antagonist--a manoeuvre in which, confiding in my superiority of skill
and practice, I anticipated little difficulty. I found, however, I had
met my match; and one or two foils which I received, and from the
consequences of which I narrowly escaped, obliged me to observe more
caution in my mode of fighting. By degrees I became exasperated at the
rancour with which Rashleigh sought my life, and returned his passes with
an inveteracy resembling in some degree his own; so that the combat had
all the appearance of being destined to have a tragic issue. That issue
had nearly taken place at my expense. My foot slipped in a full lounge
which I made at my adversary, and I could not so far recover myself as
completely to parry the thrust with which my pass was repaid. Yet it took
but partial effect, running through my waistcoat, grazing my ribs, and
passing through my coat behind. The hilt of Rashleigh's sword, so great
was the vigour of his thrust, struck against my breast with such force as
to give me great pain, and confirm me in the momentary belief that I was
mortally wounded. Eager for revenge, I grappled with my enemy, seizing
with my left hand the hilt of his sword, and shortening my own with the
purpose of running him through the body. Our death-grapple was
interrupted by a man who forcibly threw himself between us, and pushing
us separate from each other, exclaimed, in a loud and commanding voice,
"What! the sons of those fathers who sucked the same breast shedding each
others bluid as it were strangers'!--By the hand of my father, I will
cleave to the brisket the first man that mints another stroke!"

I looked up in astonishment. The speaker was no other than Campbell. He
had a basket-hilted broadsword drawn in his hand, which he made to
whistle around his head as he spoke, as if for the purpose of enforcing
his mediation. Rashleigh and I stared in silence at this unexpected
intruder, who proceeded to exhort us alternately:--"Do you, Maister
Francis, opine that ye will re-establish your father's credit by cutting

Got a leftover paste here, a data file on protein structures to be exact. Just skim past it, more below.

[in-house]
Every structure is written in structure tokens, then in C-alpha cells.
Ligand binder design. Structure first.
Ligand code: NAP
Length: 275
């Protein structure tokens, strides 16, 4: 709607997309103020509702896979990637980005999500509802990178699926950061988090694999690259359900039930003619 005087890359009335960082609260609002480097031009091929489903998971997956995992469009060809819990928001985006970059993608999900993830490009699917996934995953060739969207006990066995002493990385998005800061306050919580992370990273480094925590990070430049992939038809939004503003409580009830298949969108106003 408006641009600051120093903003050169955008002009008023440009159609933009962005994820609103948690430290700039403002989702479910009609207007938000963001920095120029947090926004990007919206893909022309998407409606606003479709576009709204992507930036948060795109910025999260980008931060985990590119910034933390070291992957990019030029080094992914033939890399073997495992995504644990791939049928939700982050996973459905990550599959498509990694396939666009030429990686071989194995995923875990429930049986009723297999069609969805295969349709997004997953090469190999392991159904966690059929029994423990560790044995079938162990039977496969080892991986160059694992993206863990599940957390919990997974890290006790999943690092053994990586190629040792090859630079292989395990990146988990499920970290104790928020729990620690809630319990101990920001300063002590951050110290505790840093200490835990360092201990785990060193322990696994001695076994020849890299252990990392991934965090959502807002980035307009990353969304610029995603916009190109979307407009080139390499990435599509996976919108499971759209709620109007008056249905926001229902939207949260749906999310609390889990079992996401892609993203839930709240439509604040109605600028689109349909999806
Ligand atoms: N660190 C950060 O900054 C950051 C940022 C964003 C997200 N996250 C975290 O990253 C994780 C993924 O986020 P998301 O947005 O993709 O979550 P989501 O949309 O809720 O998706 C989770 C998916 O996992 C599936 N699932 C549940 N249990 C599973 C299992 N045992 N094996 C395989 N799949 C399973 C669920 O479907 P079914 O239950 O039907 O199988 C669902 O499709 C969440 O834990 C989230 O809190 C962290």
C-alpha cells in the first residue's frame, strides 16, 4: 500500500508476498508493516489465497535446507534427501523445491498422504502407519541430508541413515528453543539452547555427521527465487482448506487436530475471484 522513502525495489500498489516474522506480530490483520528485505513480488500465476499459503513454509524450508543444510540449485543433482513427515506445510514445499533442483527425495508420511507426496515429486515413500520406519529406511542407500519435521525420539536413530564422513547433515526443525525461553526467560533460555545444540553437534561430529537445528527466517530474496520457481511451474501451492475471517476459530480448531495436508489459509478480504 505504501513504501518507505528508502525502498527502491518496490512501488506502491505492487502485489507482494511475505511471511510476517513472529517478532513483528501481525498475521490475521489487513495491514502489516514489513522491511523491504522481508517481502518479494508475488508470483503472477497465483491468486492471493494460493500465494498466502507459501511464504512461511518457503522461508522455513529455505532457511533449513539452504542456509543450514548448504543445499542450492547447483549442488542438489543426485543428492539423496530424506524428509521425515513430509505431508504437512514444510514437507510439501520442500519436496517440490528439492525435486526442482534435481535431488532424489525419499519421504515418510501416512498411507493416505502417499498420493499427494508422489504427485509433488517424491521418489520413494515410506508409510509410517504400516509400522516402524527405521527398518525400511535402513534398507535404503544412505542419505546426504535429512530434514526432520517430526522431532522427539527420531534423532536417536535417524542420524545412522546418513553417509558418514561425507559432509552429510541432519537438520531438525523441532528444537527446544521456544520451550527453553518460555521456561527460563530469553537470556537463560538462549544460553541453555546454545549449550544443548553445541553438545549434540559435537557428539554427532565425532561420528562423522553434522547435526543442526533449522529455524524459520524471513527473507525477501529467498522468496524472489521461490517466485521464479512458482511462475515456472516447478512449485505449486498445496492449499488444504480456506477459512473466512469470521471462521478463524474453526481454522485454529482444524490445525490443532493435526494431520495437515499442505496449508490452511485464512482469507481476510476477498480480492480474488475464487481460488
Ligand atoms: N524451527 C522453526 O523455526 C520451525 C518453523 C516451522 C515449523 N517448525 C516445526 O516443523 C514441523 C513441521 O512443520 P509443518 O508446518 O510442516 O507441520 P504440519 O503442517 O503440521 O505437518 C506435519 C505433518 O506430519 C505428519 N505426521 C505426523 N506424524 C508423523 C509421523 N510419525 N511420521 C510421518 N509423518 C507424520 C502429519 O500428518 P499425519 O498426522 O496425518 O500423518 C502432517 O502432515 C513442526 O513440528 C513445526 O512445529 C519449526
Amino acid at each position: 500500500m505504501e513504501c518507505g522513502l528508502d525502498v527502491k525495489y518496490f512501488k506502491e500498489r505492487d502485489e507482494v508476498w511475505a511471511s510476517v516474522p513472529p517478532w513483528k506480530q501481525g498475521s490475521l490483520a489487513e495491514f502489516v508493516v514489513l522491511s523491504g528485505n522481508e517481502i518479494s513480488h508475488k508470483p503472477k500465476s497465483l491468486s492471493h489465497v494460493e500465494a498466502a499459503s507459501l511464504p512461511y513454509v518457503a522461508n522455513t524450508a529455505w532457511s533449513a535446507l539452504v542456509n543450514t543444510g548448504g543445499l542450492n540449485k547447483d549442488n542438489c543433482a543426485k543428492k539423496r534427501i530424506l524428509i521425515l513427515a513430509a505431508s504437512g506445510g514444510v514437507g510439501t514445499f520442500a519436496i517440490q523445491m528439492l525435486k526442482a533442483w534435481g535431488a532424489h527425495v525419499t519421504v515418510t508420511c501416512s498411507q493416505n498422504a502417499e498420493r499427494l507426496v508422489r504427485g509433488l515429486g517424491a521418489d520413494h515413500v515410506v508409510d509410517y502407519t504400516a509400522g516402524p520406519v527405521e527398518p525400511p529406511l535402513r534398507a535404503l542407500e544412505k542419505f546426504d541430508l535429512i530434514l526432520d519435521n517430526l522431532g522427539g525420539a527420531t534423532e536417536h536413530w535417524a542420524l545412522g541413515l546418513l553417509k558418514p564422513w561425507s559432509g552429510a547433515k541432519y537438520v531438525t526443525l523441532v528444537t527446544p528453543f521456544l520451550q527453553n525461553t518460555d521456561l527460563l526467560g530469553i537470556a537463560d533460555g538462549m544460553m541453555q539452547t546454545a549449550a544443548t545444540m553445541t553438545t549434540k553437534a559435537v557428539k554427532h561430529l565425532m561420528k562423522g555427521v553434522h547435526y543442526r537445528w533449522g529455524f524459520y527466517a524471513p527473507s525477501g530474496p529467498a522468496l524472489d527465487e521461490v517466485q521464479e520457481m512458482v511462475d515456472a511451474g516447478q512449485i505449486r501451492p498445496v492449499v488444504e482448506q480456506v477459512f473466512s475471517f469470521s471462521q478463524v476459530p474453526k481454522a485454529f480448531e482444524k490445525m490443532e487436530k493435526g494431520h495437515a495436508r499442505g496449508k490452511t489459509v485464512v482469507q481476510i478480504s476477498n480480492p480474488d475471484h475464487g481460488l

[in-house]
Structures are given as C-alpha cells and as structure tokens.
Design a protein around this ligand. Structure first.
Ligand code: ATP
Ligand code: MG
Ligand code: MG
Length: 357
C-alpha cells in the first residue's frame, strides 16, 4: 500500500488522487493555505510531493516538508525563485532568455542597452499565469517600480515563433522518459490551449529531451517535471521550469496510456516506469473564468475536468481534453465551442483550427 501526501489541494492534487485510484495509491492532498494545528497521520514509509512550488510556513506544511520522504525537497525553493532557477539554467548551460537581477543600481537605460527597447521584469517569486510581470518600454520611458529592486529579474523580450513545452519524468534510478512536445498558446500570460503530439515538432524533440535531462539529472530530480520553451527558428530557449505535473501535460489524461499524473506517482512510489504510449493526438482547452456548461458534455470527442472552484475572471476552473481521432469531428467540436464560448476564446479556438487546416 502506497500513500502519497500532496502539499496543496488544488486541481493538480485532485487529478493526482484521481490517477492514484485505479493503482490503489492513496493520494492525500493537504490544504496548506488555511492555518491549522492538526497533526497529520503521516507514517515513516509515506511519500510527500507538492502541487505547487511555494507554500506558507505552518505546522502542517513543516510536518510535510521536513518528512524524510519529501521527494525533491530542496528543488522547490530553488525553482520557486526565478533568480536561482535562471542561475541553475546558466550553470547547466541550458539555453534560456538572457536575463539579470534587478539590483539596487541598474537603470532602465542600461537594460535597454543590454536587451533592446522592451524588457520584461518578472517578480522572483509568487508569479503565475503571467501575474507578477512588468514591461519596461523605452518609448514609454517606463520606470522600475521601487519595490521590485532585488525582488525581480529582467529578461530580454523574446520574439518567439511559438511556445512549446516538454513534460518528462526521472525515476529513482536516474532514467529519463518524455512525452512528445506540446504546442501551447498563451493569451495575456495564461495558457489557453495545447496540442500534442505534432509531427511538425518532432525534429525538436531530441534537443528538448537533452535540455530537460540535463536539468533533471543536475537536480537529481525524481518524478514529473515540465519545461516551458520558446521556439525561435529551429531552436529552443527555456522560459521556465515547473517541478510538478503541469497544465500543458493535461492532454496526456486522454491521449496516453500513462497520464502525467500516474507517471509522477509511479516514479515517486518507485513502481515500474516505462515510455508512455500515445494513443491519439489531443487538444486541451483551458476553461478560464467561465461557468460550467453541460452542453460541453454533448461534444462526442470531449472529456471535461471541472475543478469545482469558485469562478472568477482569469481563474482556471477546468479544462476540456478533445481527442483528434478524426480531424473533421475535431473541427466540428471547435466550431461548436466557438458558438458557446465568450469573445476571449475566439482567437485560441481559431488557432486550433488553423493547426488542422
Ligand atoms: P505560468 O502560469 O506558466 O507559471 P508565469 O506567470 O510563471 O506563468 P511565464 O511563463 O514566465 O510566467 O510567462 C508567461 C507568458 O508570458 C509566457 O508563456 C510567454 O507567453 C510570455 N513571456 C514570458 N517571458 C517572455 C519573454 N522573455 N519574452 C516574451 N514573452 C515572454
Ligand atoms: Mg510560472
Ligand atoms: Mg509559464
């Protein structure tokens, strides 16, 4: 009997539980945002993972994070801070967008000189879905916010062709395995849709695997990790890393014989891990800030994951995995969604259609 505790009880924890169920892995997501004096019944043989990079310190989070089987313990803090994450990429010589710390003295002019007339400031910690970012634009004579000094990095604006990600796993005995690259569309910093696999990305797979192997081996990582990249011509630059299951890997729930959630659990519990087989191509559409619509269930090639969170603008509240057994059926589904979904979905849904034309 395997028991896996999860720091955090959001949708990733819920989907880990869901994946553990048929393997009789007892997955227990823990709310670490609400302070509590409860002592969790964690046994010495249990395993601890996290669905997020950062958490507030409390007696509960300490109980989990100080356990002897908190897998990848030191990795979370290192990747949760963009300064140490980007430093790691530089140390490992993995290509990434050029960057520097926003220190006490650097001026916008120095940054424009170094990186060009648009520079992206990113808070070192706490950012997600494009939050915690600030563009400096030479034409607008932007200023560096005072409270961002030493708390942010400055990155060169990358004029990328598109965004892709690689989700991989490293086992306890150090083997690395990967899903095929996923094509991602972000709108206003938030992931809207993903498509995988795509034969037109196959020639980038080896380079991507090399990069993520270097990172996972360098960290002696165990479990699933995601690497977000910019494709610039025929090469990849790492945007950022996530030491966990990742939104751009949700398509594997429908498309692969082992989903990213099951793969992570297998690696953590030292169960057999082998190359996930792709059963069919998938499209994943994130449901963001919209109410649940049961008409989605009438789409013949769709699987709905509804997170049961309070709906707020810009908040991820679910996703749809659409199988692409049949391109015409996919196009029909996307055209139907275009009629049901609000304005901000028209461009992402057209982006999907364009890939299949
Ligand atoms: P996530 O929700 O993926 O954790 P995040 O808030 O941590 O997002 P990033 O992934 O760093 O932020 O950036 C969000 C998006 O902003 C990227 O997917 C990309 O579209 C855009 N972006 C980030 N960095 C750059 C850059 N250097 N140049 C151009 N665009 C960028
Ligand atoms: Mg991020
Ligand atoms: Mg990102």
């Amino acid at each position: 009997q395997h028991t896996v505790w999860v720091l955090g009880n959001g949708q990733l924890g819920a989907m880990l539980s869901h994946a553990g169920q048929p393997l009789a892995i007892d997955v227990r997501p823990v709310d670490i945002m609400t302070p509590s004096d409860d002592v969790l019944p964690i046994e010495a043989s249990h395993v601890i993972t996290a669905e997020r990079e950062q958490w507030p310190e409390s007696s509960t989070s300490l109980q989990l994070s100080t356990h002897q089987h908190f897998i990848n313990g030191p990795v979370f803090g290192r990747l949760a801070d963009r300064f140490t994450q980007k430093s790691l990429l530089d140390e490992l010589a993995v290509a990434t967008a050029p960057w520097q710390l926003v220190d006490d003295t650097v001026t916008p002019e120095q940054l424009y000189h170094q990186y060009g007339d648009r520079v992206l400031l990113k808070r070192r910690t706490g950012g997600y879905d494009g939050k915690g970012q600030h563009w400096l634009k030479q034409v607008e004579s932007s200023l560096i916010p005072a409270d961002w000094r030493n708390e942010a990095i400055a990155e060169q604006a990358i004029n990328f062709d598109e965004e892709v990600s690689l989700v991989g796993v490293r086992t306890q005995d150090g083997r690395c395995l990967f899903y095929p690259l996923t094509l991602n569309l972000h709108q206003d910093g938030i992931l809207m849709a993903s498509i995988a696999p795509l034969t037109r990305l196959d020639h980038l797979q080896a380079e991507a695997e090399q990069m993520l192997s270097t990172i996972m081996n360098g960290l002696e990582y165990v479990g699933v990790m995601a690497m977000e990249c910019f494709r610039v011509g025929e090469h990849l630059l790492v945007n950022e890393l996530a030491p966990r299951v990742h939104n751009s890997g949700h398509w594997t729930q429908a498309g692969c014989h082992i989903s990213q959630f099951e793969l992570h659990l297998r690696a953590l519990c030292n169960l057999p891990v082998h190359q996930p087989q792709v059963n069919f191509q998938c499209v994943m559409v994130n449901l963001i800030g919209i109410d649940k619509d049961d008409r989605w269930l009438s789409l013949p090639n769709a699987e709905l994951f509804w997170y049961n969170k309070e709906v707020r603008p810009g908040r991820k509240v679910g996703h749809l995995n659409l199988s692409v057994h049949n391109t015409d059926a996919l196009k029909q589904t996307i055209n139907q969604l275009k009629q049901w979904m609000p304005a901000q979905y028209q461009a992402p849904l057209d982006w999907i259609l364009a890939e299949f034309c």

your kinsman's thrapple, or getting your ain sneckit instead thereof in
the College-yards of Glasgow?--Or do you, Mr Rashleigh, think men will
trust their lives and fortunes wi' ane, that, when in point of trust and
in point of confidence wi' a great political interest, gangs about
brawling like a drunken gillie?--Nay, never look gash or grim at me,
man--if ye're angry, ye ken how to turn the buckle o' your belt behind
you."

"You presume on my present situation," replied Rashleigh, "or you would
have hardly dared to interfere where my honour is concerned."


[Illustration: Rob Roy Parting the Duelists--100]


"Hout! tout! tout!--Presume? And what for should it be presuming?--Ye may
be the richer man, Mr. Osbaldistone, as is maist likely; and ye may be
the mair learned man, whilk I dispute not: but I reckon ye are neither a
prettier man nor a better gentleman than mysell--and it will be news to
me when I hear ye are as gude. And _dare_ too? Muckle daring there's
about it--I trow, here I stand, that hae slashed as het a haggis as ony
o' the twa o' ye, and thought nae muckle o' my morning's wark when it was
dune. If my foot were on the heather as it's on the causeway, or this
pickle gravel, that's little better, I hae been waur mistrysted than if I
were set to gie ye baith your ser'ing o't."

Rashleigh had by this time recovered his temper completely. "My kinsman,"
he said, "will acknowledge he forced this quarrel on me. It was none of
my seeking. I am glad we are interrupted before I chastised his
forwardness more severely."

"Are ye hurt, lad?" inquired Campbell of me, with some appearance of
interest.

"A very slight scratch," I answered, "which my kind cousin would not long
have boasted of had not you come between us."

"In troth, and that's true, Maister Rashleigh," said Campbell; "for the
cauld iron and your best bluid were like to hae become acquaint when I
mastered Mr. Frank's right hand. But never look like a sow playing upon a
trump for the luve of that, man--come and walk wi' me. I hae news to tell
ye, and ye'll cool and come to yourself, like MacGibbon's crowdy, when he
set it out at the window-bole."

"Pardon me, sir," said I. "Your intentions have seemed friendly to me on
more occasions than one; but I must not, and will not, quit sight of this
person until he yields up to me those means of doing justice to my
father's engagements, of which he has treacherously possessed himself."

"Ye're daft, man," replied Campbell; "it will serve ye naething to follow
us e'enow; ye hae just enow o' ae man--wad ye bring twa on your head, and
might bide quiet?"

"Twenty," I replied, "if it be necessary."

I laid my hand on Rashleigh's collar, who made no resistance, but said,
with a sort of scornful smile, "You hear him, MacGregor! he rushes on his
fate--will it be my fault if he falls into it?--The warrants are by this
time ready, and all is prepared."

The Scotchman was obviously embarrassed. He looked around, and before,